Once a driver receives a failed drug test result, they are required to follow the DOT SAP return-to-duty (RTD) process in order to resume driving duties. This process involves ongoing follow-up testing for at least 12 months. Employers and drivers must have a clear understanding of this process, especially in light of recent statistics. In the first two months of the new DOT Clearinghouse, over 11,000 drivers were found to have a positive drug test result. These individuals must now undergo the DOT SAP and RTD process before they can resume safety-sensitive functions. This process begins with an evaluation from a substance abuse professional, which is mandated by federal regulations in 49 CFR Part 40 Subpart O.
As defined by the DOT, the Substance Abuse Professional (SAP) is responsible for assessing employees who have violated a DOT drug and alcohol program regulation and providing recommendations on education, counseling, treatment, follow-up testing, and aftercare.
The SAP plays a crucial role in determining an employee's readiness to operate regulated vehicles, such as trucks, school buses, oil tankers, trains, airplanes, subway cars, and others, as well as the duration of the necessary follow-up testing.
There are various components to consider when determining the expenses related to the DOT SAP process. These include the initial examination fee, the education program, the return-to-duty drug test, and the follow-up testing program, which may extend for 6 months or more.
However, the duration of the follow-up testing program can vary significantly, ranging from 12 months to 5 years, depending on the recommendations made by the DOT SAP.
Given these uncertainties, it can be challenging to estimate the total cost of the process accurately. Our DOT SAP evaluation process typically costs around $500, excluding the expenses related to any recommendations provided by the evaluator.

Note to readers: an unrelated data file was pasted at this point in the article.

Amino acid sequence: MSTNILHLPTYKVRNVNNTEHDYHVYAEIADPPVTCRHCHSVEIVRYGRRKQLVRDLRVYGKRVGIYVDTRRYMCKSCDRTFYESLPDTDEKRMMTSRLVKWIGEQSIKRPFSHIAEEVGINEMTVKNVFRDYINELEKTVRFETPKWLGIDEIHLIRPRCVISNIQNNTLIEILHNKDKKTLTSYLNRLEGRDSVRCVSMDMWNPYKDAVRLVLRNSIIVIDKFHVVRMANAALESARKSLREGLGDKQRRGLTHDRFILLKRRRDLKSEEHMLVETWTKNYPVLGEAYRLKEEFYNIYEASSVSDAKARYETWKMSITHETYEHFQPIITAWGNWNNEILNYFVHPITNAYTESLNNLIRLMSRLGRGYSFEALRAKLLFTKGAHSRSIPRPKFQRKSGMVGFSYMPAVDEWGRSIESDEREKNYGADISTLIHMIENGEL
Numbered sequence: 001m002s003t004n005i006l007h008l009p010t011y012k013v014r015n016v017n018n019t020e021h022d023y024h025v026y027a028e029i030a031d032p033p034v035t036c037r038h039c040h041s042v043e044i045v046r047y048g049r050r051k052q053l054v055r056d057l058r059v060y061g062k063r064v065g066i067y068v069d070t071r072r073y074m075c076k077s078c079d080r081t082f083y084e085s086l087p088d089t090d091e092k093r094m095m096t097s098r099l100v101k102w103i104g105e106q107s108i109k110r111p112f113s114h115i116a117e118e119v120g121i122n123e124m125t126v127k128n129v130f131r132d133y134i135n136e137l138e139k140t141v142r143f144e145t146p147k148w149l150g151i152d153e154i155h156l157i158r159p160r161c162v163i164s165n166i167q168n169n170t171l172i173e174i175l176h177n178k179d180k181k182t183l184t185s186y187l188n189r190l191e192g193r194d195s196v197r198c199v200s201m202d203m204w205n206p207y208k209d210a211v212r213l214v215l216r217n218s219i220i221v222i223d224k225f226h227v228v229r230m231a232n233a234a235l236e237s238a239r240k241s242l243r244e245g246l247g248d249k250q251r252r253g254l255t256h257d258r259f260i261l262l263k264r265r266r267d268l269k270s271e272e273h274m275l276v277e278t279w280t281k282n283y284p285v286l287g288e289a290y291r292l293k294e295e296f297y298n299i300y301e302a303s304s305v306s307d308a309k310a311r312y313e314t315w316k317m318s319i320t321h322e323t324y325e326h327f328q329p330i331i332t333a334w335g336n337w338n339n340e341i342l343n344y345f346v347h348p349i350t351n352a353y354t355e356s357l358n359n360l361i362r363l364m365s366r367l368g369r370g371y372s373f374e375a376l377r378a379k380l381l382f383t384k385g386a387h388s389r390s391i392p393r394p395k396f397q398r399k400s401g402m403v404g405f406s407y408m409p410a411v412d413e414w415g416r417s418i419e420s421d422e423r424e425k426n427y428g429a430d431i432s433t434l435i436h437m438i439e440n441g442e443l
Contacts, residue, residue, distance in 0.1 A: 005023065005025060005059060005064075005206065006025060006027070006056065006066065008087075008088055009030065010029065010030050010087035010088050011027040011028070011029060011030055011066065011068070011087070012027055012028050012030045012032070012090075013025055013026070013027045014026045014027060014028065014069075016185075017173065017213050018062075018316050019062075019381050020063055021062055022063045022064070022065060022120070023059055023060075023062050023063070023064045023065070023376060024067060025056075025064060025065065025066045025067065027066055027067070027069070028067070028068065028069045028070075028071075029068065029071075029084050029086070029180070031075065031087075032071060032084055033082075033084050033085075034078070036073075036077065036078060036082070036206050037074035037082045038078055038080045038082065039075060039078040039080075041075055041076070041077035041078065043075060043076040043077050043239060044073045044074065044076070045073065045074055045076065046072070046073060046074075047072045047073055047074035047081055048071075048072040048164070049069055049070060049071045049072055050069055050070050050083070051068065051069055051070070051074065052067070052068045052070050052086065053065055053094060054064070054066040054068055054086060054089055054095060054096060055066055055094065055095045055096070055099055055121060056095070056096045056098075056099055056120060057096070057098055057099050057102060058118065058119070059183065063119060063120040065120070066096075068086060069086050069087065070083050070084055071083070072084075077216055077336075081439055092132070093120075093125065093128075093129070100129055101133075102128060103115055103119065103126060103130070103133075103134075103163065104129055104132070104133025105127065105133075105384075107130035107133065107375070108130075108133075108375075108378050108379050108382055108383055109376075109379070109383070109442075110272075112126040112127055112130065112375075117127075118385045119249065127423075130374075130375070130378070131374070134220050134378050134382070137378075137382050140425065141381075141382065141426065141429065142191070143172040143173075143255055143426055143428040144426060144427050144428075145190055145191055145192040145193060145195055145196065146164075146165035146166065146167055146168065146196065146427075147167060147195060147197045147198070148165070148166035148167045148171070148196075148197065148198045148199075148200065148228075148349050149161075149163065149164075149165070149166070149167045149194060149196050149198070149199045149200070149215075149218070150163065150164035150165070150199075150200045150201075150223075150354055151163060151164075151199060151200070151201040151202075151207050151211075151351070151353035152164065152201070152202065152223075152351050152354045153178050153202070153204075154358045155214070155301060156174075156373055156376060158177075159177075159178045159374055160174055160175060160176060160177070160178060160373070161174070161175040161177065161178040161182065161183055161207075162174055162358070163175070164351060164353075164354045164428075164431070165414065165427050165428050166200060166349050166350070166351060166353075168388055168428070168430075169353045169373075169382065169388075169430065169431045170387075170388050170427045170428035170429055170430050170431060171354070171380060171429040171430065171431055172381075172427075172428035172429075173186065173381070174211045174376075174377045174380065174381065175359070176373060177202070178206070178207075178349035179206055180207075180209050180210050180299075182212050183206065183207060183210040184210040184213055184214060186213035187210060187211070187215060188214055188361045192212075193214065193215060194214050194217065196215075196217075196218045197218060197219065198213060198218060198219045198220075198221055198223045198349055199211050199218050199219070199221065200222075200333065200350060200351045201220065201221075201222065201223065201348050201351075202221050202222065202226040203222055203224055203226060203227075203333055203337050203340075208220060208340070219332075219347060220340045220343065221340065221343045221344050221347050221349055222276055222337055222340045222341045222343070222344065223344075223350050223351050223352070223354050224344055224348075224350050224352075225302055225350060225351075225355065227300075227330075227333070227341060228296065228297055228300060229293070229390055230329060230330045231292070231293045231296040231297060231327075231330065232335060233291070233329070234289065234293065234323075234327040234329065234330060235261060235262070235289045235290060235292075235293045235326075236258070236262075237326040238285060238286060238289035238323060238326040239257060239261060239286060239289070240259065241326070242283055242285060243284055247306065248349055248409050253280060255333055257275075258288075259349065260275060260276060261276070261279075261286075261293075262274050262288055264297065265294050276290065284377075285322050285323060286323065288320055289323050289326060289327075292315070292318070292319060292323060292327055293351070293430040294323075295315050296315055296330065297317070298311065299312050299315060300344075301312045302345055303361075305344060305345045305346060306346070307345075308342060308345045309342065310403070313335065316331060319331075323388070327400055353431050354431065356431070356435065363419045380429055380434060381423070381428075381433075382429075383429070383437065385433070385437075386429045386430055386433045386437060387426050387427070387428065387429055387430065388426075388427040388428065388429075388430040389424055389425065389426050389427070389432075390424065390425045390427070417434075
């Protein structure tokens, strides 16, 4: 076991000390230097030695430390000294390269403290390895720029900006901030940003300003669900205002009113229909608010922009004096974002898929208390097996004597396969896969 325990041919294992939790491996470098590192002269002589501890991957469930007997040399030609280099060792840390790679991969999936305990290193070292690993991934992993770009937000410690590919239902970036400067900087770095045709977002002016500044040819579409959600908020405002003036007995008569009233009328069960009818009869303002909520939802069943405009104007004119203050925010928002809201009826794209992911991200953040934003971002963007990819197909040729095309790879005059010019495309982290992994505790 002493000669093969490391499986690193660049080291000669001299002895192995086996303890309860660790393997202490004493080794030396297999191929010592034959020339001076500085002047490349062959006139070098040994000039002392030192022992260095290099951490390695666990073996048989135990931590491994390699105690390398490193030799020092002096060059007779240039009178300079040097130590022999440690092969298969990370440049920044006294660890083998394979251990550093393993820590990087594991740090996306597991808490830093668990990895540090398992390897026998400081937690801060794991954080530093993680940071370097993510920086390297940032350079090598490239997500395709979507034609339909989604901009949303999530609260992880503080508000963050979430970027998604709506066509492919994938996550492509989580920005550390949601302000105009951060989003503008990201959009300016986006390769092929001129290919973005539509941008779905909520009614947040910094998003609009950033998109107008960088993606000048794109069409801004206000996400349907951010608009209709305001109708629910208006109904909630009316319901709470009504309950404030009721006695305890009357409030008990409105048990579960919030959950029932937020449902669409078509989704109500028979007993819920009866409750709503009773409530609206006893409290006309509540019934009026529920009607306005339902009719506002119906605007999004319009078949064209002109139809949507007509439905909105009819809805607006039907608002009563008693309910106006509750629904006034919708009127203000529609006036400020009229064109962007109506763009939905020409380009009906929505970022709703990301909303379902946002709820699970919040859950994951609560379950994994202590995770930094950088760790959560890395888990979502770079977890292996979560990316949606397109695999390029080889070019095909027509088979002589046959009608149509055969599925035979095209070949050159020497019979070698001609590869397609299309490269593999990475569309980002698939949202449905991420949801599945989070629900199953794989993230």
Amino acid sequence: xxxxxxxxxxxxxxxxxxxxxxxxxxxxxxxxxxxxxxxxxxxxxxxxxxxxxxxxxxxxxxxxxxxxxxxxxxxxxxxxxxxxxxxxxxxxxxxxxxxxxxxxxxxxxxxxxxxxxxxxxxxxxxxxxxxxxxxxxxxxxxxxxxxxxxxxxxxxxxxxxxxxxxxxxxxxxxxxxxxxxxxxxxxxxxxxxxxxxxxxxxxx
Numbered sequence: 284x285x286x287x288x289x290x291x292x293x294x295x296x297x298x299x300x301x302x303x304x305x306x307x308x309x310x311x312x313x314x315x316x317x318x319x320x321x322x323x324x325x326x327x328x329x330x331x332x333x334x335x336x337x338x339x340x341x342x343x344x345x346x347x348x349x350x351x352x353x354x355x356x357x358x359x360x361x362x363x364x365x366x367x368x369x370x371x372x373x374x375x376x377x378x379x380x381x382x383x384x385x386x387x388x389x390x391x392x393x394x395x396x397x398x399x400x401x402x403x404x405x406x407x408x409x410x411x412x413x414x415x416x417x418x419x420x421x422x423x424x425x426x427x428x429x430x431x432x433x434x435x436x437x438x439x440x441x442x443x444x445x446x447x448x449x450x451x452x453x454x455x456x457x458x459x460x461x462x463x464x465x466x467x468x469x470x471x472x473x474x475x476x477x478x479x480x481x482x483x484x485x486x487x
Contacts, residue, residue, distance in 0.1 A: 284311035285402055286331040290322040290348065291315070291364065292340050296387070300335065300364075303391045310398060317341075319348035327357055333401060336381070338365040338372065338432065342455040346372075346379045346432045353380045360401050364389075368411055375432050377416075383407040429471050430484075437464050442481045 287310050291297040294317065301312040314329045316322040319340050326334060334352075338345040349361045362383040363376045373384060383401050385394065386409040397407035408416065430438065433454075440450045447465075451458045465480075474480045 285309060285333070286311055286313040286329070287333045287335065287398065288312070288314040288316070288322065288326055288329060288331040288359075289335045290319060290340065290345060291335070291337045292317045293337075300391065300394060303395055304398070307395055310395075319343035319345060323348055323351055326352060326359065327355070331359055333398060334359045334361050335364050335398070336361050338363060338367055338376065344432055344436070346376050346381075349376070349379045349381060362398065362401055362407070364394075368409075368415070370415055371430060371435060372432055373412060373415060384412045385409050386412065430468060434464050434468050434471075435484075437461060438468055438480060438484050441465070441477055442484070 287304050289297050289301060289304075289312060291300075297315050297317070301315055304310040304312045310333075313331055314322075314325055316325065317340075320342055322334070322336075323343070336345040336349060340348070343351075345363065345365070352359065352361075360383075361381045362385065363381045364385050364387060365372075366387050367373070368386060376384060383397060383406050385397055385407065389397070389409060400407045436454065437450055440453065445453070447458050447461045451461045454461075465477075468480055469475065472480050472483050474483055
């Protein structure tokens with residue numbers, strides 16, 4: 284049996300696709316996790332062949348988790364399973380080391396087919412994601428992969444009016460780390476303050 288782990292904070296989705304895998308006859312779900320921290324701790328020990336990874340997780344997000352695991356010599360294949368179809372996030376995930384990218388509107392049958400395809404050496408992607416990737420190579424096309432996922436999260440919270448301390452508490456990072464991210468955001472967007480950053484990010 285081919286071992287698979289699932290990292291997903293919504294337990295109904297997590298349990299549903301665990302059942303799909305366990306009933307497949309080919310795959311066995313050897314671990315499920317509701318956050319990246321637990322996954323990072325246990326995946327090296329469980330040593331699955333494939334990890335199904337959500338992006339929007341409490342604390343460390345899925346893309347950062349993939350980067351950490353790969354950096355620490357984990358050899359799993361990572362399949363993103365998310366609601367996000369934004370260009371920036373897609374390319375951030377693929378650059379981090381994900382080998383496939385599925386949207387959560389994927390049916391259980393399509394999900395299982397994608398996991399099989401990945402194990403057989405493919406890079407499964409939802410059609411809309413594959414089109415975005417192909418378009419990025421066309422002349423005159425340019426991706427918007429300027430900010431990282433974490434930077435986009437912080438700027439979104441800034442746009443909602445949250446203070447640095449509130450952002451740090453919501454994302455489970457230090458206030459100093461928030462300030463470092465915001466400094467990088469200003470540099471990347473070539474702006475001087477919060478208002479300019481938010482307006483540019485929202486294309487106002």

Estimating the length of a SAP program can be challenging since each program is tailored to the individual. However, the process can be divided into two main parts: returning to duty and completing the follow-up testing program.
The return-to-duty process involves several steps, including finding a qualified DOT SAP, undergoing an evaluation, consulting with a physician if needed, completing an education or treatment program, undergoing a second SAP evaluation, and passing a return-to-duty drug test. This process typically takes several weeks to several months.
Once the driver returns to safety-sensitive functions, the follow-up testing program begins. The SAP must recommend a minimum of six unannounced observed drug tests in the first 12 months. However, the follow-up testing program can last up to five years, as recommended by the SAP. If the driver fails or refuses a drug test, the process may need to start over.
In order for an employee to resume safety-sensitive functions after testing positive for drugs, they must go through the return-to-duty process. This process involves the following steps:
Once the DER receives a negative result, the employee may resume safety-sensitive duties. However, the SAP may also recommend a follow-up testing schedule after the second evaluation. This schedule consists of a minimum of 6 unannounced observed drug tests within the first 12 months of resuming safety-sensitive work, but can extend up to 60 months (five years) depending on the SAP's recommendation.